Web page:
Not a bad backyard

Not a bad backyard

After winding through the Palaces, I found myself in the sumptuous surrounding gardens, where I was delighted to discover I had left the various tours behind and could wander on my own. I don’t know about anyone else, but when I find myself alone in a historic place, I like to imagine being there at its heyday, swanning around as if I was a historical princess surveying my domain. And occasionally being seen by another person entering the room, whose skeptical looks I translate into their last act as a peasant.

After seeing the other buildings, the clock hit noon and the grounds were noticeably more full. I was about to leave, but did find one other interesting bit of trivia:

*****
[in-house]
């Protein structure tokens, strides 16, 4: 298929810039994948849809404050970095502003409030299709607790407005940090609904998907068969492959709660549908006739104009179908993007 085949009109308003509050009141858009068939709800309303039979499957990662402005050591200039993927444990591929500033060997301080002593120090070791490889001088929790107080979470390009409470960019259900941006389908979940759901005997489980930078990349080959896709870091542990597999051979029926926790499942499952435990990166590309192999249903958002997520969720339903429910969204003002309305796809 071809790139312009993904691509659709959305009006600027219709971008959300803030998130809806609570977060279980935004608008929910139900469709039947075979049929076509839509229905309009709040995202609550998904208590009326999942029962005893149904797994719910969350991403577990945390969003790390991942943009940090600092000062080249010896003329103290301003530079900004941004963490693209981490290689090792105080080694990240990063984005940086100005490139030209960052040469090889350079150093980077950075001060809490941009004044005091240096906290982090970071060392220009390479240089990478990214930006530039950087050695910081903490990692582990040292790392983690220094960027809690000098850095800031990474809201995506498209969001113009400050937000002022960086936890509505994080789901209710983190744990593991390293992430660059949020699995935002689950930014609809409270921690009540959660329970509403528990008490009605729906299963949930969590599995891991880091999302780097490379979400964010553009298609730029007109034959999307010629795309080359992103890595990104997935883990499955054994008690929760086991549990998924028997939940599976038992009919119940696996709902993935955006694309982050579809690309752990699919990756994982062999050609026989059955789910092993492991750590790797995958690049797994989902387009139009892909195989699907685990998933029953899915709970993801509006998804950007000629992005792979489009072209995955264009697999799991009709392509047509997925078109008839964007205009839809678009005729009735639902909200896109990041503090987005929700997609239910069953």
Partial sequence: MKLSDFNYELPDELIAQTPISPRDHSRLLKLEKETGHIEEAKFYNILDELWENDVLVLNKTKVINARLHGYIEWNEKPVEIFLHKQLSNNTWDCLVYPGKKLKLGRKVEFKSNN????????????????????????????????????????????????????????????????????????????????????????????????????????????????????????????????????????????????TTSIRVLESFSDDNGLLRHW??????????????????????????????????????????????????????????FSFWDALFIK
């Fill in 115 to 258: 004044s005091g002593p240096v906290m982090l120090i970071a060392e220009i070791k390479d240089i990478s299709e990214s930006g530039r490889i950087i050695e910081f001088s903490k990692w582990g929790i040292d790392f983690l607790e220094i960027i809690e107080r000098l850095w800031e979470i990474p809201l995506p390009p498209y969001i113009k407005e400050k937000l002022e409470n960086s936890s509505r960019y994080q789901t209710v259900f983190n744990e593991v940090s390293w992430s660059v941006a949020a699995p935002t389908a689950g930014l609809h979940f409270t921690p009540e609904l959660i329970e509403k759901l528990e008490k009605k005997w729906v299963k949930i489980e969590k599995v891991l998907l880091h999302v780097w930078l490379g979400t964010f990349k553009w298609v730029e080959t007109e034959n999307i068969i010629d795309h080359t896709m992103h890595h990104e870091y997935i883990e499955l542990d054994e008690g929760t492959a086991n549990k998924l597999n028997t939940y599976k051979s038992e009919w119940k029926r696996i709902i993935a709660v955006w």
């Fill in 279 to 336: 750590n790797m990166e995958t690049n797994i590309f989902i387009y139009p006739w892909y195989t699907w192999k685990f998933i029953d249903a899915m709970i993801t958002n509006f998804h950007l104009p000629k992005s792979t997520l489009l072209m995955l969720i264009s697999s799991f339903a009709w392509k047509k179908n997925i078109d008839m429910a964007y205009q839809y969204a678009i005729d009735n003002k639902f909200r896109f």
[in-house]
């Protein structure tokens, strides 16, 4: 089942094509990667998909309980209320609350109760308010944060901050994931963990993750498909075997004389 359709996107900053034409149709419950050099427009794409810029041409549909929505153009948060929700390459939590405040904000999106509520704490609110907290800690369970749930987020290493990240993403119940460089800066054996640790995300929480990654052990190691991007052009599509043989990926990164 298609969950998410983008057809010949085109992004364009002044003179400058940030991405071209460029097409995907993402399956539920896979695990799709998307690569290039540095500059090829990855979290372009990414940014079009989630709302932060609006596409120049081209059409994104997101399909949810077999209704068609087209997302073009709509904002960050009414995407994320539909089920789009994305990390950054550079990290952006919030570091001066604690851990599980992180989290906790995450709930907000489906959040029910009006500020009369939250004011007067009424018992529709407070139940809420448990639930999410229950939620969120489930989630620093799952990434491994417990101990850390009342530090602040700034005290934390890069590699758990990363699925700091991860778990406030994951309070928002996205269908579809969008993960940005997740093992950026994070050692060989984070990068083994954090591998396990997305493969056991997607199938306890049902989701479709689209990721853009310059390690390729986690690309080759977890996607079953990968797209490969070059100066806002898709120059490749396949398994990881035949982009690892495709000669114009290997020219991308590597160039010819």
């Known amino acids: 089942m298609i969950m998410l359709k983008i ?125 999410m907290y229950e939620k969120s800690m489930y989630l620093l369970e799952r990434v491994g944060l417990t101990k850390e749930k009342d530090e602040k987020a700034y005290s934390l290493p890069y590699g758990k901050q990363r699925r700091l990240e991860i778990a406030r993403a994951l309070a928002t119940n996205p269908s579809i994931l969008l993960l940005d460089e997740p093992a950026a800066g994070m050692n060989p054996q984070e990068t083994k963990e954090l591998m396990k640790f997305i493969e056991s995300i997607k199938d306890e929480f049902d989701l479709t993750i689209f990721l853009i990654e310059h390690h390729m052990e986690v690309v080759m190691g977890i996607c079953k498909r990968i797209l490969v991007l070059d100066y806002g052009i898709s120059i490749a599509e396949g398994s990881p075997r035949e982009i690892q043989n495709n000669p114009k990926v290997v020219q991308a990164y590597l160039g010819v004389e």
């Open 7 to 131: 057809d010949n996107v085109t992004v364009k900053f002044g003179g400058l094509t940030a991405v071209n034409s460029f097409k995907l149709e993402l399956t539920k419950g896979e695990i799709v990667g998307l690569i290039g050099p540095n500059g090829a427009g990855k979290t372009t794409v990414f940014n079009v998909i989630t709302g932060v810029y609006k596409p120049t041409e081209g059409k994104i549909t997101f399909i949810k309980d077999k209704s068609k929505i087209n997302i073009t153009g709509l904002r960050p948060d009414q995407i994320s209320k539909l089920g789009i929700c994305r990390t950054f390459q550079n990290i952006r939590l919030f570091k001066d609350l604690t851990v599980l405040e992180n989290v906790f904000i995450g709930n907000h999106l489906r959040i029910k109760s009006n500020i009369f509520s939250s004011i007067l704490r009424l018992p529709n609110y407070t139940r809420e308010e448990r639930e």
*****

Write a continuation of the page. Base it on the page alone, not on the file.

Alhambra cats deigning to drink out of historic fountains

Alhambra cats deigning to drink out of historic fountains

Did you know there is a colony of feral cats that live at the Alhambra? And that are employees specifically in charge of feeding, caring for, and neutering these cats? I saw several signs asking people not to pet the cats. Alhambra cats! I feel they need their own Instagram feed….

On my way back down, there were now dozens of people walking up that hill. Again, go early or late to avoid these people. On the plus side, no signage was needed at that point. I headed back to my hotel, exhausted and ready to take up Granada on its many baths and spas.

 

Oh hello there Granada!

Oh hello there Granada!